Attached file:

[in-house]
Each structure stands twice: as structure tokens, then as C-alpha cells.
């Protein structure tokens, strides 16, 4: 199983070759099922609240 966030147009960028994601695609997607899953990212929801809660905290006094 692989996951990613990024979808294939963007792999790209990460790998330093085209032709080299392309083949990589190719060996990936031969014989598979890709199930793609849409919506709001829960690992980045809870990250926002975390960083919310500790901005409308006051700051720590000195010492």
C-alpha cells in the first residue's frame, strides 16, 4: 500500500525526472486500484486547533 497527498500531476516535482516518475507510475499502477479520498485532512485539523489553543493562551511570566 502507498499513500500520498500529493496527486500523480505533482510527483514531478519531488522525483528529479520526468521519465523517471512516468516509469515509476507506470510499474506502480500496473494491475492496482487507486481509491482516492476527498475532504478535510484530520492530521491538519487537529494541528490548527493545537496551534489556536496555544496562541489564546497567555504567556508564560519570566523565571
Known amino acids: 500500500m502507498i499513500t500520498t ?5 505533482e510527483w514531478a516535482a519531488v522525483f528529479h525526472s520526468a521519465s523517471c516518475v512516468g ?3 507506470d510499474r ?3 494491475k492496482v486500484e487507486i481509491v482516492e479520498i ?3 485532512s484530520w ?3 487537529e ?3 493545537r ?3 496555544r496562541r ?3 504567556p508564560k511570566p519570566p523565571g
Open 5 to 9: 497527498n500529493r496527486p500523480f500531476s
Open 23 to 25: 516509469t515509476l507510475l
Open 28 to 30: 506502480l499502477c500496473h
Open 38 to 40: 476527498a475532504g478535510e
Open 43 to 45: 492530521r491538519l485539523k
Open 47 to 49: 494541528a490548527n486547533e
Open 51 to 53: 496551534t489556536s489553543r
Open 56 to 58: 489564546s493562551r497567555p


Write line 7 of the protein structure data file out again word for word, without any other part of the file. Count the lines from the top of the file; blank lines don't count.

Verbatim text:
Open 23 to 25: 516509469t515509476l507510475l